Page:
Rebels in Syria’s eastern Ghouta discussing ceasefire with UN – statement

The main rebel group in the southern pocket of Syria’s opposition-held eastern Ghouta has said it is negotiating with a United Nations delegation about a ceasefire, aid and the evacuation of urgent medical cases.

“We are engaged in arranging serious negotiations to guarantee the safety and protection of civilians,” said Wael Alwan, the Istanbul-based spokesman for Failaq al-Rahman.

“The most important points under negotiation are a ceasefire, ensuring aid for civilians and the exit of medical cases and injured people needing treatment outside Ghouta.”

However, a general evacuation of civilians and rebels was not on the table, he said.

The news came as Syrian state-run TV carried images of President Bashar Assad visiting troops on the front line in the newly captured areas of eastern Ghouta.

The Syrian Observatory for Human Rights said the Syrian government was in control of more than 80% of the area, which has been a rebel stronghold since 2012.

In a month-long assault, pro-Syrian government forces have marched into much of eastern Ghouta, the last major insurgent bastion around Damascus.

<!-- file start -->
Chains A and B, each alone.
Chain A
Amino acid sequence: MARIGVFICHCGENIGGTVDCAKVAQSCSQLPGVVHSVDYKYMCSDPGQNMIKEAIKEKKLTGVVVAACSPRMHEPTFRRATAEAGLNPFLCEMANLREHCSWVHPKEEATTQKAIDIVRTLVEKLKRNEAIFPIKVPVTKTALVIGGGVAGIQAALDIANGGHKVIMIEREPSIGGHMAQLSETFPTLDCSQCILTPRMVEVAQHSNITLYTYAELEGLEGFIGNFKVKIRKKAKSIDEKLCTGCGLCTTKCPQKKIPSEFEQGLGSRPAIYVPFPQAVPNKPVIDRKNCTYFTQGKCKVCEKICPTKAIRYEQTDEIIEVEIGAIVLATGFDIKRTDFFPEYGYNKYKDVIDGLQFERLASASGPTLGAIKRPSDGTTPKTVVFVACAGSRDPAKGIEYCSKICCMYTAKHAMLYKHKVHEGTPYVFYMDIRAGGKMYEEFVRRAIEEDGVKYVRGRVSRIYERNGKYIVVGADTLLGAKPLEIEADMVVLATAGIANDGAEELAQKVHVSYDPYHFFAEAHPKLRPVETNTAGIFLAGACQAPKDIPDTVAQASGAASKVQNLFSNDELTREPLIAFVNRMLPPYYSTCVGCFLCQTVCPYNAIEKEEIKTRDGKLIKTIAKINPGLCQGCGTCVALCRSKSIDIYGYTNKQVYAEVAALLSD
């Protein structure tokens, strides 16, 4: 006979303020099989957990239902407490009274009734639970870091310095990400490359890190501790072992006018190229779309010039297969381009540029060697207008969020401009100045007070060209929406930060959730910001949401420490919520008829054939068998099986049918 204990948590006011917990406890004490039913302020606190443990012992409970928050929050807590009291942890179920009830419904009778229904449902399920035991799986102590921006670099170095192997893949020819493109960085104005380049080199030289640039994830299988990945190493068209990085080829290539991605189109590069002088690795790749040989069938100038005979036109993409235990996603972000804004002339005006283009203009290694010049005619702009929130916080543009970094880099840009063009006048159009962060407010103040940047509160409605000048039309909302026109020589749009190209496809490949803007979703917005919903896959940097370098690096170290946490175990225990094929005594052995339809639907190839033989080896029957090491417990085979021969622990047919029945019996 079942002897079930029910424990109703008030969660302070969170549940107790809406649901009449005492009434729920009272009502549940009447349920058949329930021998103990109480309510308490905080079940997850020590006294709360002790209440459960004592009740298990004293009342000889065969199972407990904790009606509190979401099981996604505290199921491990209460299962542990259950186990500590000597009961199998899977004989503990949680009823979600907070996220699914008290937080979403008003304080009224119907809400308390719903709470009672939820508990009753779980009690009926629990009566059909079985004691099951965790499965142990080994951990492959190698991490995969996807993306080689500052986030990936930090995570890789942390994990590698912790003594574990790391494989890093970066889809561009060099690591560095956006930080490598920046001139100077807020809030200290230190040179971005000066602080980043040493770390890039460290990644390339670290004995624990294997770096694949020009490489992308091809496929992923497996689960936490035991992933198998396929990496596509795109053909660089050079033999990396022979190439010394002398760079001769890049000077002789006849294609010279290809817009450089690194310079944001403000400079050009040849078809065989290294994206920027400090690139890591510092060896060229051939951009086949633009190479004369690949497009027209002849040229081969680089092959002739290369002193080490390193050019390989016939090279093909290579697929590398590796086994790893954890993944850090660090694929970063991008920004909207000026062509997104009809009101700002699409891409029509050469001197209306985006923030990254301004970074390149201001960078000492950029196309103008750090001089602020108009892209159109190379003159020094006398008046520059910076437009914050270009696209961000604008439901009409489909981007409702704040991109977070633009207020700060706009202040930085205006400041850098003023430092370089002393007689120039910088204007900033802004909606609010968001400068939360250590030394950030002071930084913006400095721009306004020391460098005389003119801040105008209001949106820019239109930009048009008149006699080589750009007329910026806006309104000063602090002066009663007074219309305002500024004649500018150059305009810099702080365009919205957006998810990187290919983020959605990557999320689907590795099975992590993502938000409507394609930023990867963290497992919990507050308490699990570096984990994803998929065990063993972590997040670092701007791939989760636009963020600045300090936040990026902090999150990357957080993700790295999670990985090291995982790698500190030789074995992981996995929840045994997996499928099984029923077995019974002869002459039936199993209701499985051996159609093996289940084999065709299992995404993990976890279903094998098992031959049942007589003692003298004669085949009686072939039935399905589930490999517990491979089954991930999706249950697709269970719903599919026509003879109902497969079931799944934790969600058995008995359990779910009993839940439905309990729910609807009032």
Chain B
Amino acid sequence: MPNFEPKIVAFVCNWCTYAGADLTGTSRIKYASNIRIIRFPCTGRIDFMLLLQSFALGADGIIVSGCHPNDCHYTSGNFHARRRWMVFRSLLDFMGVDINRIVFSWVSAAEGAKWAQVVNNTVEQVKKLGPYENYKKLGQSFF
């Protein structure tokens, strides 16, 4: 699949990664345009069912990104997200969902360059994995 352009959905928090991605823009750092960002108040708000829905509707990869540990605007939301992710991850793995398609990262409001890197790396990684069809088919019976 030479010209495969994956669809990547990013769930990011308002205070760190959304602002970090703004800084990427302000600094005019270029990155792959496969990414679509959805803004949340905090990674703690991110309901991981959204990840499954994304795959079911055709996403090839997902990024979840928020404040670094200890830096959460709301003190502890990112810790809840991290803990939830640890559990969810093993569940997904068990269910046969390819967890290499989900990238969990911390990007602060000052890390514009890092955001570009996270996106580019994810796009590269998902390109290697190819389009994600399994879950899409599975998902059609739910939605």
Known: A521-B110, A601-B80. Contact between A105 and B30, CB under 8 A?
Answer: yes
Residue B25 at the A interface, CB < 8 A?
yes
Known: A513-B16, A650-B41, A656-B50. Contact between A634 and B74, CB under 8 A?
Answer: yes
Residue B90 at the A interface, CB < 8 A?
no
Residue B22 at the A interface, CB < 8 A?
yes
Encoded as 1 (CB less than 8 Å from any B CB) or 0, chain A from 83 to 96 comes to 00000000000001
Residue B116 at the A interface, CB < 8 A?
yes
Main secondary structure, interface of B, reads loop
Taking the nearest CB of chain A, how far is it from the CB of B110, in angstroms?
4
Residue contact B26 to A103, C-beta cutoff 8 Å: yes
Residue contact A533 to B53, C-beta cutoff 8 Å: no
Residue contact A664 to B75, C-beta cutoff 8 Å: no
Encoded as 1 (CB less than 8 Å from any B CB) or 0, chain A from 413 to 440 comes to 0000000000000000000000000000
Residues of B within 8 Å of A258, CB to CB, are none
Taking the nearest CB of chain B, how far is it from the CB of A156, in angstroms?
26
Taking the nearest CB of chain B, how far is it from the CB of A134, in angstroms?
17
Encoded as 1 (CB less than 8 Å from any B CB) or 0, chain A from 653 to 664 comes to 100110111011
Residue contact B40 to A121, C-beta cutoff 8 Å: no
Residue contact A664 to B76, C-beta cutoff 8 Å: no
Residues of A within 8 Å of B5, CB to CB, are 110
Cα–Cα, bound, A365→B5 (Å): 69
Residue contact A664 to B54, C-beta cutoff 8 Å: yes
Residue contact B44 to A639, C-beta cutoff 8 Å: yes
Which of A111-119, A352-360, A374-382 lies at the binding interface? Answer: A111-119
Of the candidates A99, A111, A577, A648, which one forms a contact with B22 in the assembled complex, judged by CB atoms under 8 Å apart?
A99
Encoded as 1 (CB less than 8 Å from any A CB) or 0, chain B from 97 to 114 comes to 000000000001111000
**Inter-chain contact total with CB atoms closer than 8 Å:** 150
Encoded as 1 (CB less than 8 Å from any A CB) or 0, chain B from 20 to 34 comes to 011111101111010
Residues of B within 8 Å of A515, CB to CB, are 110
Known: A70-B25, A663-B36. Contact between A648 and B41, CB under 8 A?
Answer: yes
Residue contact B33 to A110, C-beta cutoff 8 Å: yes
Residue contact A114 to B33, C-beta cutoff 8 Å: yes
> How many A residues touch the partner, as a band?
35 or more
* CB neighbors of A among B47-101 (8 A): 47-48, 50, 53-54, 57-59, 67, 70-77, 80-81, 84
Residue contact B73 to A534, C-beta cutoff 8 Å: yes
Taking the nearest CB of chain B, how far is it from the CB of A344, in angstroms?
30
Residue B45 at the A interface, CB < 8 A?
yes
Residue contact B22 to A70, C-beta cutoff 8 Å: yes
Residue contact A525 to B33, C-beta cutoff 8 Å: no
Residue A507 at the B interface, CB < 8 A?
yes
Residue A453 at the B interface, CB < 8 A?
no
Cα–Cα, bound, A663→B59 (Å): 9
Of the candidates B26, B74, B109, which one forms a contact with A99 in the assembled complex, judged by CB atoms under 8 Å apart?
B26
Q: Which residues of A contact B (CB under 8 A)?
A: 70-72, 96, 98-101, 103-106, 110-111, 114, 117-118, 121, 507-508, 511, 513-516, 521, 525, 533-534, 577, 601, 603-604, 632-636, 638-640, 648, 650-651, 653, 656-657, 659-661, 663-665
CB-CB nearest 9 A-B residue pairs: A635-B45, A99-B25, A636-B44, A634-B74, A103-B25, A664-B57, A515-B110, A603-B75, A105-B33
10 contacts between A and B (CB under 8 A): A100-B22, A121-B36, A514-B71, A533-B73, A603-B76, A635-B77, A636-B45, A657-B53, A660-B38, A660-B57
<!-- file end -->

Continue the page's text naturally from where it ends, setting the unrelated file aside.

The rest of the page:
Troops have splintered Ghouta into three besieged zones in one of the bloodiest offensives of the seven-year war, with rebels facing their worst defeat since the battle of Aleppo in 2016.

A number of patients requiring urgent medical attention have been evacuated from the northern pocket and some aid has entered the area. This has not yet happened in the southern pocket.

Figures close to the two main rebel groups – Failaq al-Rahman in the south and Jaish al-Islam in the north – have told Reuters discussions are under way for the transfer of Failaq al-Rahman and Jaish al-Islam fighters to opposition-held areas in northern and southern Syria respectively.

After a morning of calm, shelling and ground battles resumed across eastern Ghouta on Sunday afternoon, the Syrian Observatory for Human Rights said.

The UN office for the coordination of humanitarian affairs (OCHA) said on Thursday at least 20,000 people had left eastern Ghouta in the past week, most from the southern pocket through the Hammouriyeh area.

The Observatory said about 50,000 people had left the southern pocket in the past 72 hours and thousands left on Sunday.

On Sunday, President Bashar al-Assad visited army positions in Syria’s eastern Ghouta, Syrian state media reported. “In the line of fire in eastern Ghouta … President Assad with heroes of the Syrian Arab army,” read a caption next to photographs of Assad in a crowd of men in military uniforms, some perched on top of tanks.



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